Purine-less death in Plasmodium falciparum induced by immucillin-H, a transition state analogue of purine nucleoside phosphorylase

Gregory A. Kicska, Peter C. Tyler, Gary B. Evans, Richard H. Furneaux, Vern L. Schramm, Kami Kim

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119 Scopus citations


Plasmodium falciparum is responsible for the majority of life-threatening cases of malaria. Plasmodia species cannot synthesize purines de novo, whereas mammalian cells obtain purines from de novo synthesis or by purine salvage. Hypoxanthine is proposed to be the major source of purines for P. falciparum growth. It is produced from inosine phosphorolysis by purine nucleoside phosphorylase (PNP). Immucillins are powerful transition state analogue inhibitors of mammalian PNP and also inhibit P. falciparum PNP as illustrated in the accompanying article (Kicska, G. A., Tyler, P. C., Evans, G. B., Furneaux, R. H., Kim, K., and Schramm, V. L. (2002) J. Biol. Chem. 277, 3219-3225). This work tests the hypothesis that erythrocyte and P. falciparum PNP are essential elements for growth and survival of the parasite in culture. Immucillin-H reduces the incorporation of inosine but not hypoxanthine into nucleic acids of P. falciparum and kills P. falciparum cultured in human erythrocytes with an IC50 of 35 nM. Growth inhibition by Imm-H is reversed by the addition of hypoxanthine but not inosine, demonstrating the metabolic block at PNP. The concentration of Imm-H required for inhibition of parasite growth varies as a function of culture hematocrit, reflecting stoichiometric titration of human erythrocyte PNP by the inhibitor. Human and P. falciparum PNPs demonstrate different specificity for inhibition by immucillins, with the 2′-deoxy analogues showing marked preference for the human enzyme. The 1C50 values for immucillin analogue toxicity to P. falciparum cultures indicate that inhibition of PNP in both the erythrocytes and the parasite is necessary to induce a purine-less death.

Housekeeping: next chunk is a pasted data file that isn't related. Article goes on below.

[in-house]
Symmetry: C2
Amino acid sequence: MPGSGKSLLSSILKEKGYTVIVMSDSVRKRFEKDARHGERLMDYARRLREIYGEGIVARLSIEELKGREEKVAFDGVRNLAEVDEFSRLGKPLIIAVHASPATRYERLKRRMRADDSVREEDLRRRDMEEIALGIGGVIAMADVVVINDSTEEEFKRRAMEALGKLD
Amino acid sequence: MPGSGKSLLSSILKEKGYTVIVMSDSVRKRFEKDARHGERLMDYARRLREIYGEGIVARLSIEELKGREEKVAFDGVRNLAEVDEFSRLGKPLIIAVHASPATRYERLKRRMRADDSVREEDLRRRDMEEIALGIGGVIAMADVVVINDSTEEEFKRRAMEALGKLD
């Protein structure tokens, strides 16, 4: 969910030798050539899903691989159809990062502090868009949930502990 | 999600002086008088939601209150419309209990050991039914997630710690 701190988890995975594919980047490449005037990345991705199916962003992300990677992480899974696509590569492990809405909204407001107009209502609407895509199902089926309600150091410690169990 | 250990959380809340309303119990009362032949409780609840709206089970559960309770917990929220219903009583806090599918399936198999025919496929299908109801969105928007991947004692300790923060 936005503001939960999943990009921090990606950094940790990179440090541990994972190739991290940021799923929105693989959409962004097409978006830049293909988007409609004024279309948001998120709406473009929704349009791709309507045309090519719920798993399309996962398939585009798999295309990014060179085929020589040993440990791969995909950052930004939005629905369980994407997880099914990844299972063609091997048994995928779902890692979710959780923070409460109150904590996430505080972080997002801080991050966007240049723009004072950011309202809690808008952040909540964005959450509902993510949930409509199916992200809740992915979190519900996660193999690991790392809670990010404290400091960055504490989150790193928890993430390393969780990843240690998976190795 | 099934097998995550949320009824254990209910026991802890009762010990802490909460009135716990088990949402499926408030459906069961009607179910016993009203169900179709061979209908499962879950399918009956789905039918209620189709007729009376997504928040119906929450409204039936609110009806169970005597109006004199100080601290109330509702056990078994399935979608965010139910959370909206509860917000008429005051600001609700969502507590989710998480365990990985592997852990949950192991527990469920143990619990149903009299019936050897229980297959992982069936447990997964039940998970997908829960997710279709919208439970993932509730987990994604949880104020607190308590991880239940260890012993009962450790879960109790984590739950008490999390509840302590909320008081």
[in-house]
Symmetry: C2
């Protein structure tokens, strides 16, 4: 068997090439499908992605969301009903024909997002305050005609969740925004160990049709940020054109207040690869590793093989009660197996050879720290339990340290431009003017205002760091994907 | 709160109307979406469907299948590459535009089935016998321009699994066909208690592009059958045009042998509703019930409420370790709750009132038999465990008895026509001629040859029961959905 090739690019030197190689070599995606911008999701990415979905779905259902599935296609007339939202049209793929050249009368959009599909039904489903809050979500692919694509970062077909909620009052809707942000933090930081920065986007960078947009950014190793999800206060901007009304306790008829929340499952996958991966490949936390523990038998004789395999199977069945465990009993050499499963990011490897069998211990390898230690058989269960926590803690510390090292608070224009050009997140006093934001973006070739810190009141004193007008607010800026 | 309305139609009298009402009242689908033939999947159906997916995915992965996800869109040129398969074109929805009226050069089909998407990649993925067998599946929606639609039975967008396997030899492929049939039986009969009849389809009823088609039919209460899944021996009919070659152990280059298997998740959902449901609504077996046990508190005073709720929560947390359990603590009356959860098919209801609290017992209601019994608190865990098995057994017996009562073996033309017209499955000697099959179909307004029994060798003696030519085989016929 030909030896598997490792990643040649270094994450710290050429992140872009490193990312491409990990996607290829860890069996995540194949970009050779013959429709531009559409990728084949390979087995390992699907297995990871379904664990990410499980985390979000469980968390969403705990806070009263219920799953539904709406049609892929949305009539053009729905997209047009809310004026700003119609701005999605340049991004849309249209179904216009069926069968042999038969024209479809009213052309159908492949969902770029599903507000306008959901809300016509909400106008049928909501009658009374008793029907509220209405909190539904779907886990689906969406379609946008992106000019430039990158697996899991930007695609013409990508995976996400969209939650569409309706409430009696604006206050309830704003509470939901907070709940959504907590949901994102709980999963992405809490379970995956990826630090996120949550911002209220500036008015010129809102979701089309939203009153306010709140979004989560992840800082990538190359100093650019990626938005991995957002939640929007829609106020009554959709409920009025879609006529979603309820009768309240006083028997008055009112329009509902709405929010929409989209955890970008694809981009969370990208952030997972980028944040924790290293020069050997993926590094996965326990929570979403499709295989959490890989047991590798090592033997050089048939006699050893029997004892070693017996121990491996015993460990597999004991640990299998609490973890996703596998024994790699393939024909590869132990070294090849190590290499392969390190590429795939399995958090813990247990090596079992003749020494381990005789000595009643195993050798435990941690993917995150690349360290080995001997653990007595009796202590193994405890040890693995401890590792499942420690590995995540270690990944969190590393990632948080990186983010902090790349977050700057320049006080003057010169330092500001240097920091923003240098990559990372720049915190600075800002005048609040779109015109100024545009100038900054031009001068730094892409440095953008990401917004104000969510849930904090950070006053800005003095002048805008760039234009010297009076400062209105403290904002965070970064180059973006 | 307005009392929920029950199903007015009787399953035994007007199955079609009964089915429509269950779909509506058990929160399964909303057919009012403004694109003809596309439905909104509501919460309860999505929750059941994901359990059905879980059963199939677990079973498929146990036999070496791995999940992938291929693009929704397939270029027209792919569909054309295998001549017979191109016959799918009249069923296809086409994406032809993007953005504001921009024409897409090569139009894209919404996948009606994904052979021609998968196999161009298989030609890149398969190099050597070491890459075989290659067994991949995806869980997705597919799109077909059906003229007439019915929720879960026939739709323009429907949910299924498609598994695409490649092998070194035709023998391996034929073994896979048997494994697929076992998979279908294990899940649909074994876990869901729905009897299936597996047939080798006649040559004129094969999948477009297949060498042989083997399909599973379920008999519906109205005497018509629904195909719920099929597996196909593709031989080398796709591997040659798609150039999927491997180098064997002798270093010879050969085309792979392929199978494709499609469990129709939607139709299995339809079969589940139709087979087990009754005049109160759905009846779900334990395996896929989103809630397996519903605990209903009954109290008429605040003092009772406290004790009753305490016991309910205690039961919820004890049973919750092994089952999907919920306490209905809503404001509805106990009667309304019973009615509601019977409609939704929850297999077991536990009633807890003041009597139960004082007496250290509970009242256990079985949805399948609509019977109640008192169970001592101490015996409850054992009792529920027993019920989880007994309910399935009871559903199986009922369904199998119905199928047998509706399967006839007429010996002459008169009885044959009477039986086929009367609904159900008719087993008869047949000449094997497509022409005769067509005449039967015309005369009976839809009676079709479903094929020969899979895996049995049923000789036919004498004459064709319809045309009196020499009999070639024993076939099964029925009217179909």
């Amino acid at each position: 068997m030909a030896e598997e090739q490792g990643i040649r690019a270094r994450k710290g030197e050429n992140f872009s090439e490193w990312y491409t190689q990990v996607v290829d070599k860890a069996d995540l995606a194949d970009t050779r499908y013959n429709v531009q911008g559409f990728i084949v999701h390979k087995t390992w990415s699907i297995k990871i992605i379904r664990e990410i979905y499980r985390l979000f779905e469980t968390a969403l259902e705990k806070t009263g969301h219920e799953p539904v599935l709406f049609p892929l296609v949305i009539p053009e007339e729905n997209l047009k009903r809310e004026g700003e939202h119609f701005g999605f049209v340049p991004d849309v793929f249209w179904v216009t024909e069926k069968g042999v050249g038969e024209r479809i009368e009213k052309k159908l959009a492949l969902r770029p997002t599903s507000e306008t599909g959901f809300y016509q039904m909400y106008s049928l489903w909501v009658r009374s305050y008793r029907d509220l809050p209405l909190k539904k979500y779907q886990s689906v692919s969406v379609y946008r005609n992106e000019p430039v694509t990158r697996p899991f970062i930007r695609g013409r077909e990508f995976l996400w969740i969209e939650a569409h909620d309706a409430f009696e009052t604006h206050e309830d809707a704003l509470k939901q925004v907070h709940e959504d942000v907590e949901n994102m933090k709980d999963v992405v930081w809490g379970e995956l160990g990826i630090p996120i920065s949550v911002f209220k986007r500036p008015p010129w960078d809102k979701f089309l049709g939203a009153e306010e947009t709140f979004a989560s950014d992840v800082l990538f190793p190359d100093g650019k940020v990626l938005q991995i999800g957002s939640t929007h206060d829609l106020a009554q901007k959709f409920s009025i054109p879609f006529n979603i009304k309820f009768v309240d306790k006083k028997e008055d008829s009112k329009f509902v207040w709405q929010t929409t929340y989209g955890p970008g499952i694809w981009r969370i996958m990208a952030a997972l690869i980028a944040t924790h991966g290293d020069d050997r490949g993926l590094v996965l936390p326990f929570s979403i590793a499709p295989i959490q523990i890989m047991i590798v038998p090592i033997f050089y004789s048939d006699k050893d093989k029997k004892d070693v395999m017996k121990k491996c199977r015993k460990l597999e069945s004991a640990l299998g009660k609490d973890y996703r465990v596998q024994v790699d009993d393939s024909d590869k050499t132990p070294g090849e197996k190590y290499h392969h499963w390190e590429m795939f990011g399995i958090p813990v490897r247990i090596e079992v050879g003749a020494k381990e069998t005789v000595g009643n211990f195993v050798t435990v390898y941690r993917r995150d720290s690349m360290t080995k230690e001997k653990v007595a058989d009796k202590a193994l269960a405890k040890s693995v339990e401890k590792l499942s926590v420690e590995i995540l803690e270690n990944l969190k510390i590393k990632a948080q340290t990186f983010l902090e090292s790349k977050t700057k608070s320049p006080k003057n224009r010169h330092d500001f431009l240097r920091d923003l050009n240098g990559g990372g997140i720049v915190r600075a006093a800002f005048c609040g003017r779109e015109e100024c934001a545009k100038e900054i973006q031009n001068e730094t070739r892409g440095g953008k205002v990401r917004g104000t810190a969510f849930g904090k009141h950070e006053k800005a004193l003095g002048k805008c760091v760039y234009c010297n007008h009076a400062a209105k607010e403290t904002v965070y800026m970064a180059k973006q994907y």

Original languageEnglish (US)
Pages (from-to)3226-3231
Number of pages6
JournalJournal of Biological Chemistry
Issue number5
StatePublished - Feb 1 2002

ASJC Scopus subject areas

  • Biochemistry
  • Molecular Biology
  • Cell Biology


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